Twenty-Second Sunday in Ordinary Time – Year B

Curry, Stephen.jpg

Stephen M. Curry, O.S.A.
Saint Augustine Preparatory School
Richland, New Jersey

Dt 4:1-2, 6-8
Ps 15:2-3, 3-4, 4-5
Jas 1:17-18, 21b-22, 27
Mk 7:1-8, 14-15, 21-23

There is a story about a young man named Jim who entered religious life. He lived in a monastery with six other classmates.

One of his classmates named John made a lot of noise to draw attention to himself. Everything that he opened, he slammed shut. If he opened a door, he slammed it shut. If he opened a window, he slammed it shut. If he opened a drawer, he slammed it shut. Hence, throughout the monastery, all that people heard daily was slam, slam, slam, slam, slam.

One day Jim spoke to one of the priests in the formation team and he expressed his concerns about John. He said that he was finding it difficult to pray and embrace the spiritual life of the monastery because his classmate John was making too much noise. He was getting very angry about it and he felt that John’s motive for making the noise was to draw attention to himself.

The priest responded to Jim by saying: “Psychology tells us that the very things that annoy us in other people are the very traits that we possess. Hence, let me ask you a question. Do you ever do things to draw attention to yourself?” Jim replied: “Yes.” The friar continued: “And when you draw attention to yourself in your own way, do you think that it annoys any of us?” Jim replied: “I don’t know.” The priest responded: “Yes, it does. However, we know that love of God and neighbor go together. If you want to grow in your relationship with God, then I suggest that you look beyond the parts of John that you get angry about and find the goodness of God that dwells within him.”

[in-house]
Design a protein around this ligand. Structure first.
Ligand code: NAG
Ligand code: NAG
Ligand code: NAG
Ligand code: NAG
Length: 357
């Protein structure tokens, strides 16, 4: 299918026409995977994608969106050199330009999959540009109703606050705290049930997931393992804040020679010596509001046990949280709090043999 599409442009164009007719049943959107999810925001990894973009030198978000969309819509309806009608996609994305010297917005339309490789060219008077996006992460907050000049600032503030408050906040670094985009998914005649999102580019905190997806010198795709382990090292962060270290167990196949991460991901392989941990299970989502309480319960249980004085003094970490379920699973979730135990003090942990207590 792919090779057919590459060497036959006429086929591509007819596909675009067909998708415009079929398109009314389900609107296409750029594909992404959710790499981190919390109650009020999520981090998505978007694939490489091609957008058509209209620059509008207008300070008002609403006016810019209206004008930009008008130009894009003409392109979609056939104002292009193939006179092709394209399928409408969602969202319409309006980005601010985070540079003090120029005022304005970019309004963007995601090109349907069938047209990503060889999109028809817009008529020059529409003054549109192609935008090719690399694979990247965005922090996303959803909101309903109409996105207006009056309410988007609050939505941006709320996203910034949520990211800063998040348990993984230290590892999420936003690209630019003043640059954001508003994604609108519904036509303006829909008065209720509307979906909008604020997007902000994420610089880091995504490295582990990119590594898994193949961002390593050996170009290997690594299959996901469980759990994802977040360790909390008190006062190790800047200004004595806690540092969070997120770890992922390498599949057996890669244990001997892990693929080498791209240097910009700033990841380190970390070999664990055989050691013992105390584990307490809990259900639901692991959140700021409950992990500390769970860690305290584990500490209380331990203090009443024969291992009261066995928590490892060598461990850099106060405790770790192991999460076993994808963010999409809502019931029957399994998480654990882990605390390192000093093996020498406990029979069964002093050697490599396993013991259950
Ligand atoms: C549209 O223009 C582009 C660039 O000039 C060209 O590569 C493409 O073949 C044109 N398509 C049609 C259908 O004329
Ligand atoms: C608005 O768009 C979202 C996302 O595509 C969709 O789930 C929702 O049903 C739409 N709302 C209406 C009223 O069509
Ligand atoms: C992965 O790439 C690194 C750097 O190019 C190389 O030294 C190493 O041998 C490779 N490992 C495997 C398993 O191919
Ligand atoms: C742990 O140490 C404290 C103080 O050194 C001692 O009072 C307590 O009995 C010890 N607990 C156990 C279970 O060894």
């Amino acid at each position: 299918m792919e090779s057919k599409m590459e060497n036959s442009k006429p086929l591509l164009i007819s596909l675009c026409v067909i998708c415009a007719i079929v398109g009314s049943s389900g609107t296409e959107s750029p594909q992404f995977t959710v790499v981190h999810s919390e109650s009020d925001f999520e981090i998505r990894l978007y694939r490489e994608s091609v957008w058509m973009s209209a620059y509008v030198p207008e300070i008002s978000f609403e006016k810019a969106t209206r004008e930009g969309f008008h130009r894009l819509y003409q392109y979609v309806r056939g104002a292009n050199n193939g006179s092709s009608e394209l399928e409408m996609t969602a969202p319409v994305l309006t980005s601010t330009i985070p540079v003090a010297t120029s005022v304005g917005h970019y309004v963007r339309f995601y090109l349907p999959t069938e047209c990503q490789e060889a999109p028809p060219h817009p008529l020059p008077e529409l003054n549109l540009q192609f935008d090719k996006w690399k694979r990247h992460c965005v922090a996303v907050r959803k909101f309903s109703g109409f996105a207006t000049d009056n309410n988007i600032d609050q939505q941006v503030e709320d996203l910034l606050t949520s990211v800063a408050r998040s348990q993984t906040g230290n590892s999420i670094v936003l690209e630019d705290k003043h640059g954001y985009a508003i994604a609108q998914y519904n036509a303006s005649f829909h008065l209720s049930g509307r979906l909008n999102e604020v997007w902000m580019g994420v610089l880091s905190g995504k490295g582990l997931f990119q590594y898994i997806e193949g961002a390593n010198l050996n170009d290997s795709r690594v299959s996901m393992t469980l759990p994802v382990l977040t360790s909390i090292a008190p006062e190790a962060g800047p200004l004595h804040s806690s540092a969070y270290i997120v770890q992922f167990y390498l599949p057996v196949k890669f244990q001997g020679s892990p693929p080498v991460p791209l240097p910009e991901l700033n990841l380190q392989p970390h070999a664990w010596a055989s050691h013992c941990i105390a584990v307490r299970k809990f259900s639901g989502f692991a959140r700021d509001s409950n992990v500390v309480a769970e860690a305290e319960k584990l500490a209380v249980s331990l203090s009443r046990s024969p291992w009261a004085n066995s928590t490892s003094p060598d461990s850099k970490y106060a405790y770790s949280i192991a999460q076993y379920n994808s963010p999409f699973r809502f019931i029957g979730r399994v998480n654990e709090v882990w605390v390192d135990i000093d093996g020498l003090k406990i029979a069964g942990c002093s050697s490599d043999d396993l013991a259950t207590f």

Jim took that priest’s advice. He made a concerted effort to see the goodness in John. In the end, the two of them became friends.

Seeing beyond the flaws in others in order to behold the sacredness of God that dwells within them is at the heart of today’s readings. Today’s Gospel talks about the scribes and Pharisees complaining because Jesus’ disciples were not following the traditional rules for purity by washing their hands before eating. Jesus challenged the scribes and Pharisees to reflect upon themselves to see if they ever did things to get others angry by disregarding God’s commandments because they were clinging to human tradition.

Instead of spending much energy on watching what others are doing, James’ letter says to be doers of the word and not hearers only. It is an invitation to care for others in their afflictions and to keep oneself unstained by the world.

Seeing beyond the flaws in others in order to behold the sacredness of God that dwells in them is a theme that we are invited to apply to our own lives. We all have moments when we get angry by the actions of others. When this happens, let us make the inward journey and ask ourselves: “What are the motives behind the person’s actions that upsets me? Do I ever exhibit the same motives in my own life?” If my answer is “yes” then make it into a prayer. Pray to God by saying: “Lord, just as you love me for who I am when I act out my selfish motives, so too give me the grace to love others when they act out their motives. Let me see your holy presence that dwells in me so that I can also know and love your presence that dwells in others.”

This is the lesson that Jim learned in religious life. This is the heart of today’s readings. This is the message that we can integrate into our own lives as we strive to grow in our relationship with God by seeing the goodness of God in others.

And we can do all of this without slamming the door.